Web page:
Ad hoc network routing strategy in VANET has several implementation challenges different than the MANET network [6]. Existing Service-Based layer-2 Routing Protocol (SB2RP) is employed in VANET with increased challenges count, which relies on V2I and V2V communication with an appropriate IP address and multihoping in the direct or indirect form [19]. VANET application associated with WAVE is based on the data link layer of the Open Systems Interconnection (OSI) model. In this, a routing algorithm based on distance vector is applied for information routing in infrastructure and VANET communication connectivity [20]. Through IP routing, table information is accessed in the VANET network with Provider Service Identifier (PSID) and information broadcast with WAVE Short Message Protocol (WSMP) for 100 milliseconds. In this paper, we have used routing information for TROPHY authentication exchanged with VU in an auxiliary table. Upon the reception of the message, existing information is replaced with new information. Auxiliary table information is removed and replaced with a period time of 1.5 seconds with three neighboring hops for one second of storage information. VU information offers IP address through possible identification of relationships between variables. VANET routing protocol provides guaranteed exchange between nodes. Routing of VANET involves decision making, establishment, and failed node recovery. Providing optimal path between network nodes via minimum overhead is the key objective for routing protocol.

3. Procedure for the Proposed TAD-HOC

The primary step involved in routing protocol design for the TAD-HOC network environment is the development of the VANET network with appropriate information exchange. Information exchange in the ad hoc network is performed through three types of messages for node controlling with identification and maintenance. AODV network adopts three procedures for information transmission between nodes such as Route Request (RREQ), Route Error (RRER), and Route Reply (RREP) [3]. The performance of each stage is explained as follows, and the overall mechanism is presented in Figure 1:

3.1. Route Request Procedure

The primary mechanism involved in AODV routing is the identification of routes for information packet delivery from source to destination, shown in Figure 2. Each node broadcasts RREQ message to nearby nodes, and neighbor node broadcasts information to the same nearby nodes. This process continues until the destination node is identified for unicast information transmission.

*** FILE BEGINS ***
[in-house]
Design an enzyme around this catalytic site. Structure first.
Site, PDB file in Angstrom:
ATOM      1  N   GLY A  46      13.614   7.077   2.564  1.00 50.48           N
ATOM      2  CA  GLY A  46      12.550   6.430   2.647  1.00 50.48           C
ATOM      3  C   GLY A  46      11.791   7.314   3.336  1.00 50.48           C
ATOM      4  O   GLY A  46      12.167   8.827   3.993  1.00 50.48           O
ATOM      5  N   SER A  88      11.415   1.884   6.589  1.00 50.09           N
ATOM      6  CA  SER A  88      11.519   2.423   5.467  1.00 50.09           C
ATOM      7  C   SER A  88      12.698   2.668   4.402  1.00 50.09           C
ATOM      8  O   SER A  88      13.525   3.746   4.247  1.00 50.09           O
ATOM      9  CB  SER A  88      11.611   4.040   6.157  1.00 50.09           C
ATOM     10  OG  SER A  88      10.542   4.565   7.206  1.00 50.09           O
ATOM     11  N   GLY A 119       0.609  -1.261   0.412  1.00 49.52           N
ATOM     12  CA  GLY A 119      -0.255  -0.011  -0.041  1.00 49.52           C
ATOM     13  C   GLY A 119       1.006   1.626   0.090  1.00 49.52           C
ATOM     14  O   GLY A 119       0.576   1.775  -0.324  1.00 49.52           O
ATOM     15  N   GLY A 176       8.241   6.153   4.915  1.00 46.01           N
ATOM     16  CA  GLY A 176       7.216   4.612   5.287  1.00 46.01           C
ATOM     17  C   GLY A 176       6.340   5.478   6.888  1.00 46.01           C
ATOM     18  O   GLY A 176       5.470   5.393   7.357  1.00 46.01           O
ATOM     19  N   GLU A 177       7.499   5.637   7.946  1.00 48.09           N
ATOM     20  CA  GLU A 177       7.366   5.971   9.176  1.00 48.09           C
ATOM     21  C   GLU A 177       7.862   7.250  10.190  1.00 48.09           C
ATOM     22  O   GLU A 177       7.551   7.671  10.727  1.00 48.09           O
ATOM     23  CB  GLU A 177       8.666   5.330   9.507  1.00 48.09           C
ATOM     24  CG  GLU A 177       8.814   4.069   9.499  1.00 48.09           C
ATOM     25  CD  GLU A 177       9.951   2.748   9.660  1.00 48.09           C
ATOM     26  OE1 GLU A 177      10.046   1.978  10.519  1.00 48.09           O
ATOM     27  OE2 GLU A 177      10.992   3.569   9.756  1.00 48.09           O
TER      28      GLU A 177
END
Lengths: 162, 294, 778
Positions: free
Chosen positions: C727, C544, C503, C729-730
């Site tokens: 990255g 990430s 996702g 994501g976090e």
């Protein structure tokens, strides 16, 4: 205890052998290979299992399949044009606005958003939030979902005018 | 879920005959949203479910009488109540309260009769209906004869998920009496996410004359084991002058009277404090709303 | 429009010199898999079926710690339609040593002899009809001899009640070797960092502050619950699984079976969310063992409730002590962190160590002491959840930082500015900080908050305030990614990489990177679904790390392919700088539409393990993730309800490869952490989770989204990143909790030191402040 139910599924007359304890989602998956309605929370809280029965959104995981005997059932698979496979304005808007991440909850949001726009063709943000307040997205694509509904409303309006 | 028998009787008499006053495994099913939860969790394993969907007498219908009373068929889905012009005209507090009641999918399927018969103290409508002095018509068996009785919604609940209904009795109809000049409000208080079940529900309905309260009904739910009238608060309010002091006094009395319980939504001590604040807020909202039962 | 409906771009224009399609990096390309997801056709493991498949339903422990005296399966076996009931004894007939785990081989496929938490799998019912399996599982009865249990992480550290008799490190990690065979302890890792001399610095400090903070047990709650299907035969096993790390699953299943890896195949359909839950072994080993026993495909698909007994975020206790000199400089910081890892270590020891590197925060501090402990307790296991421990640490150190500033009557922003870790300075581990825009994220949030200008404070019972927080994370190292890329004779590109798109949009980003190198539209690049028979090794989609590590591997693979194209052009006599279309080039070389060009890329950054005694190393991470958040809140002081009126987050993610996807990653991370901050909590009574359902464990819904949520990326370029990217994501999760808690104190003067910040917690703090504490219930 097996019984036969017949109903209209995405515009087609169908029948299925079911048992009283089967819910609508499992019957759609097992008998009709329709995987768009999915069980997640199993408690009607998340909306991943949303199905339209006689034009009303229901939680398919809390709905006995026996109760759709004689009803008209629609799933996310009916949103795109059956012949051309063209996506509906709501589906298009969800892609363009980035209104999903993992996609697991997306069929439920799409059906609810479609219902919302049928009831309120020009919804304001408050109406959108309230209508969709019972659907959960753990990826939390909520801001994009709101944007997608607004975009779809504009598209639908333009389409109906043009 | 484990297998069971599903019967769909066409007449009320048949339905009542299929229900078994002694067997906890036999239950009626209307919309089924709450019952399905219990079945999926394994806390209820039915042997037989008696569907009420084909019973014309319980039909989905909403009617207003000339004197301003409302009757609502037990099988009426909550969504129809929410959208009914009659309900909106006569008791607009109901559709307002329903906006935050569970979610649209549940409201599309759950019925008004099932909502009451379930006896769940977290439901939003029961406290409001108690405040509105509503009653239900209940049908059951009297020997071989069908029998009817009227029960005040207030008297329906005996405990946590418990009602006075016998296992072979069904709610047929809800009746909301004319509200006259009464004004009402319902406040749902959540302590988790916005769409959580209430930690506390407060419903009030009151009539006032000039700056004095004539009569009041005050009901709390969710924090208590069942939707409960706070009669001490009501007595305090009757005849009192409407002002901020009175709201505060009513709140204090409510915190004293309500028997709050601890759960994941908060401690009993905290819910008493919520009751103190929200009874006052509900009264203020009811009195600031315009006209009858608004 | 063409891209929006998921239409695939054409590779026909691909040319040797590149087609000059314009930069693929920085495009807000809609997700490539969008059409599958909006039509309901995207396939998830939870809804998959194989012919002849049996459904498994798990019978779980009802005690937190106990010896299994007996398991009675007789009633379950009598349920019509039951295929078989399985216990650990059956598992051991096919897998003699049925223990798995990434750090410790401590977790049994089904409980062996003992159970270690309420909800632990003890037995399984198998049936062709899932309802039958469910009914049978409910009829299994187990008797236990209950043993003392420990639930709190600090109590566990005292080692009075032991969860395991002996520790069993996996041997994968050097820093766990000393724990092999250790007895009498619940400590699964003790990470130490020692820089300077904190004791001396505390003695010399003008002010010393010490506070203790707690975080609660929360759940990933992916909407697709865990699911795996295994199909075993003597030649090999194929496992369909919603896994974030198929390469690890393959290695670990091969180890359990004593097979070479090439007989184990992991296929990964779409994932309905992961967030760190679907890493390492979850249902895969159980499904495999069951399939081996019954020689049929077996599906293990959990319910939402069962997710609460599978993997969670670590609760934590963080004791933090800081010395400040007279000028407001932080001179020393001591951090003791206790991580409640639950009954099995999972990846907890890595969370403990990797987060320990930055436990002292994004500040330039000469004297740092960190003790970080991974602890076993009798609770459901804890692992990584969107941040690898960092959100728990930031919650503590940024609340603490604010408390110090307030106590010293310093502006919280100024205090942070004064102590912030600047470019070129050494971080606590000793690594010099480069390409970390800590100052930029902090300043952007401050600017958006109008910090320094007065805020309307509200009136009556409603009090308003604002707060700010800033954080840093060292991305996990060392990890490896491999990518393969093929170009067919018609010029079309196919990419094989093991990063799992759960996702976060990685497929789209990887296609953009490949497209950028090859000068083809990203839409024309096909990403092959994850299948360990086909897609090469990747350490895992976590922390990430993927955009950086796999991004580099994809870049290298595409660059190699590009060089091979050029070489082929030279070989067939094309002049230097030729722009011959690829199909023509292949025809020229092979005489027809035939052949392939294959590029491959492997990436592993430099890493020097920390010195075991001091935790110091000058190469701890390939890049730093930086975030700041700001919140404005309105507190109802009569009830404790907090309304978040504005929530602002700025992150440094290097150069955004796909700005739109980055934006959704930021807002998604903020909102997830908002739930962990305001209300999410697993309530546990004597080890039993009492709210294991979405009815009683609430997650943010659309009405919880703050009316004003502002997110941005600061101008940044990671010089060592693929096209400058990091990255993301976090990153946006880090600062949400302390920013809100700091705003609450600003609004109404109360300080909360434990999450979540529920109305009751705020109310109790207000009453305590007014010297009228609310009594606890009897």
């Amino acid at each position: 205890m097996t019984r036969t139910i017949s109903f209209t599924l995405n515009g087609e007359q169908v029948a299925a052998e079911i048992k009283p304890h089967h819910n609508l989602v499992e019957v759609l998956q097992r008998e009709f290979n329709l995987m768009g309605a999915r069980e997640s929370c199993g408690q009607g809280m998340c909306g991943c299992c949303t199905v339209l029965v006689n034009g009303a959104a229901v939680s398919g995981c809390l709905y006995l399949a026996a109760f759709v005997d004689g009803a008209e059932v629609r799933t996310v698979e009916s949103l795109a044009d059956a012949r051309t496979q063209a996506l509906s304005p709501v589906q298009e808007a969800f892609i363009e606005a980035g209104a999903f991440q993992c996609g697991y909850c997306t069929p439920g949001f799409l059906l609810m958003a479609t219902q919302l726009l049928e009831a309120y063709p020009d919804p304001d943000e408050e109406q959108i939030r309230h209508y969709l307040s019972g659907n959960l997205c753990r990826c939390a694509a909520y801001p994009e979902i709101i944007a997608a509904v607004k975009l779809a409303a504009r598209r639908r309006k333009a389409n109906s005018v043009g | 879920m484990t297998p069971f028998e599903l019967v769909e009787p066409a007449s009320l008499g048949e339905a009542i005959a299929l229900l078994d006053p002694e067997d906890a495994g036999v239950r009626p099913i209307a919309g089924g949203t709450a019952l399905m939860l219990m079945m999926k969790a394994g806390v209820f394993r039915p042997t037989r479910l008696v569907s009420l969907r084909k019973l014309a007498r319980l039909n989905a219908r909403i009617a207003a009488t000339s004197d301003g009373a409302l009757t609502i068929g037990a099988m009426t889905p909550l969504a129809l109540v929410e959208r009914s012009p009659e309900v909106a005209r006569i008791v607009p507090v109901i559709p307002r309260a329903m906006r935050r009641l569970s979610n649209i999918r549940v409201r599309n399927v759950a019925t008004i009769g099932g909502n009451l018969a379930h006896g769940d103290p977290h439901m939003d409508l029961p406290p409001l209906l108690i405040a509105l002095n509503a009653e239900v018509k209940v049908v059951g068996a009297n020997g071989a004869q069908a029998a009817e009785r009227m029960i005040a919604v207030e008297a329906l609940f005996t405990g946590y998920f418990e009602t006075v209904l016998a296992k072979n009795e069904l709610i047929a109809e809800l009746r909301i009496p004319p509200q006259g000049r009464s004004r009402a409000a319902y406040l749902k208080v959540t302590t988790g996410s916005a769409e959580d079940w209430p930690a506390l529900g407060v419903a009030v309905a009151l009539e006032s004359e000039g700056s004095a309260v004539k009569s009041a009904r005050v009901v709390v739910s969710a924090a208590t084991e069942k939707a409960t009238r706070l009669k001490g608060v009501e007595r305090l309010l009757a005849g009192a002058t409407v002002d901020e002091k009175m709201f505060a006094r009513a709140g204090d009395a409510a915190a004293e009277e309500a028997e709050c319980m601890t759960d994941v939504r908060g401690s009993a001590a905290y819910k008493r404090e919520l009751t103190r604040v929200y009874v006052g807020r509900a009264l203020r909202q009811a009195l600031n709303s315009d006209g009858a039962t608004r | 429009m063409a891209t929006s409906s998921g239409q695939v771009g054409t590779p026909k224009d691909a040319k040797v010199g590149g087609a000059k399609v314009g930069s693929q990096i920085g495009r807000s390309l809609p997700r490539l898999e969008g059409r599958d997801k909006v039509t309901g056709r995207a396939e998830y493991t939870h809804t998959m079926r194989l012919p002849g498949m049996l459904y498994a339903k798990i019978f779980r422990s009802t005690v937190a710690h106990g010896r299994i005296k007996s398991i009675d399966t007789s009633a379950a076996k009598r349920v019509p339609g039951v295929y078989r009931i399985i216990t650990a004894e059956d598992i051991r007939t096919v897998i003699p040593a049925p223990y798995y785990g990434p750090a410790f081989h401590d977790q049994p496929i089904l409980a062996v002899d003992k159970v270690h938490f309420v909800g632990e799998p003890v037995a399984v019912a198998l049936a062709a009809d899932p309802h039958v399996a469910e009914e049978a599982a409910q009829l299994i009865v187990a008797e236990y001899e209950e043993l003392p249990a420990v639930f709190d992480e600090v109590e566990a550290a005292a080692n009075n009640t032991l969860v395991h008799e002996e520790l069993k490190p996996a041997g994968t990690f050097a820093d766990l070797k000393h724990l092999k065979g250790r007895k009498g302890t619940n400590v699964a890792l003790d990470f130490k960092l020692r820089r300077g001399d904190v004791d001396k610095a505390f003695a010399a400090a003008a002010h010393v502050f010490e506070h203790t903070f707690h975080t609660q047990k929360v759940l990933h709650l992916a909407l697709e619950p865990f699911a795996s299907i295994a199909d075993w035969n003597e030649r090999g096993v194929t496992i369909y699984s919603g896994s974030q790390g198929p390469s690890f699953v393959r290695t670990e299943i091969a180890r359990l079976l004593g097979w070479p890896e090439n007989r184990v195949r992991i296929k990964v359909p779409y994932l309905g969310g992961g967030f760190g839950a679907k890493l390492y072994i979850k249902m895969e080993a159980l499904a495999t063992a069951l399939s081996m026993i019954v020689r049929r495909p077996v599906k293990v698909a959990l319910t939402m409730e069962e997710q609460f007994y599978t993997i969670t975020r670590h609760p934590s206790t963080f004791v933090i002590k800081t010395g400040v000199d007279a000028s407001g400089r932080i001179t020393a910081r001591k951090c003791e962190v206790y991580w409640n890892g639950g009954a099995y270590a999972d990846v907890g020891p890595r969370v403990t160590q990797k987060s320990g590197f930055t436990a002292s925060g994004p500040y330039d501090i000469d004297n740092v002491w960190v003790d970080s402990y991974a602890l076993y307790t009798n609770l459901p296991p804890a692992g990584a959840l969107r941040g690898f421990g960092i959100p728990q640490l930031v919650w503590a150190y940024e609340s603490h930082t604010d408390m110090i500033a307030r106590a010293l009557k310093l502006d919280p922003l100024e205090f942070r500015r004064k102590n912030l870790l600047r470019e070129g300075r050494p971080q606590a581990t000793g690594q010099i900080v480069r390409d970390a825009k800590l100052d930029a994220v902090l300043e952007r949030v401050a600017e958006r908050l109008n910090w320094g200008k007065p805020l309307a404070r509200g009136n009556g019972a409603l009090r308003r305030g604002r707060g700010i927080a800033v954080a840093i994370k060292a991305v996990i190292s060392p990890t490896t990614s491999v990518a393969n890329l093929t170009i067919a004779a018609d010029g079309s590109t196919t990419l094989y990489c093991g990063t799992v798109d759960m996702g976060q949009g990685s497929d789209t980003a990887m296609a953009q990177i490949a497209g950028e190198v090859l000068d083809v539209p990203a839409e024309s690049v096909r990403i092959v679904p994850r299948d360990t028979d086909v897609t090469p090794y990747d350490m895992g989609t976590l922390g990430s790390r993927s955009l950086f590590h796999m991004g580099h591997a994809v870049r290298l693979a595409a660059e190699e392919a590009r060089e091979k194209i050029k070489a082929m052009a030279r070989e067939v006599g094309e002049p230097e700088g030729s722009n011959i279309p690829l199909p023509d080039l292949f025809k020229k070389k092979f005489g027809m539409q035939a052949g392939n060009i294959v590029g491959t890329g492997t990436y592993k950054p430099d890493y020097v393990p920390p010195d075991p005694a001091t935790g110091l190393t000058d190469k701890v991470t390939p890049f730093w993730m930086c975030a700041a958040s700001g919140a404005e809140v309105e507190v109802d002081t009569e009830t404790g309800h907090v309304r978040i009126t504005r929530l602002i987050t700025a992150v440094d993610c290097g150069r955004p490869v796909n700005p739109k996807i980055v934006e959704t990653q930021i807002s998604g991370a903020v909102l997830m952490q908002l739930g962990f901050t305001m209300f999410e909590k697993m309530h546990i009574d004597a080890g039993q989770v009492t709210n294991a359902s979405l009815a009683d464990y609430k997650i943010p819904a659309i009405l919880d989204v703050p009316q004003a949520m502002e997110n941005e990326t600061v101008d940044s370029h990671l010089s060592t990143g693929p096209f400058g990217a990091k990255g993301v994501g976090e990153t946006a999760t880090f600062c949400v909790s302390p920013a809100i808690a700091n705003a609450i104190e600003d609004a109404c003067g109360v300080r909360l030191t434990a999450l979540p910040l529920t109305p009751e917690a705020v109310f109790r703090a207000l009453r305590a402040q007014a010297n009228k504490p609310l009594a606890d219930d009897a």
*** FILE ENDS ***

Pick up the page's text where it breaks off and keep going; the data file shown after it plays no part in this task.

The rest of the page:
3.2. Route Reply Procedure

If any neighbor node listens to this query and has a destination route to the destination node, it will reply with a route reply packet; otherwise, the neighbors rebroadcast the route query packet, until it reaches its destination. When the RREP message is received, the route is established. RREP can be received multiple times by a source node with a different route to the destination. The routing table only will be updated if the RREP has a greater sequence number.

3.3. Route Maintenance Procedure

A node is identified with the generation of error message or breakage of inactive route. For recovering this node information, RRER message is transmitted to neighboring or destination node as shown in Figure 3. Upon reception of the RRER message, the IP address of the node is retrieved from the routing table and alternately broadcasts RREP message. After reception of RREQ message from node 1, its neighbor starts replying with RREP message or rebroadcasts RREQ message to its neighbors. The node starts transmitting RREP message if the routes to destination are evaluated. The messages keep transmitting until the message lifespan continues. In case that node 1 did not receive any reply at the specified set of times, it starts rebroadcasting RREQ messages with the ID number. Every node in the network uses a set of the sequence number for RREQ with insured properties:where Ci is the additional coverage index of a node that has i, neighbors, H is the number of hops of the network, and Nj is the number of neighbors at the hop.

3.4. Proposed TAD-HOC Routing Protocol

In this paper, we have proposed a TAD-HOC routing protocol for the VANET network, which is presented in Figure 4. In the proposed approach, routing messages are transmitted between vehicles that allow transmission of the message to neighboring nodes. TROPHY is used to route information to vehicles for authentication. Based on time demand, routing information is protected through patented routing information. Proposed TAD-HOC adopts SB2RP. In the proposed TAD-HOC approach, authorized nodes sequentially receive TROPHY messages, which allow them to retain cryptographic material and keep authentication keys updated across the network. Messages of the TAD-HOC network epidemically presented throughout the network are not able to perform the refreshment using them (and so, are excluded from the routing process). In TAD-HOC, KDC is stored for the recovery of messages through unauthorized physical access without human intervention.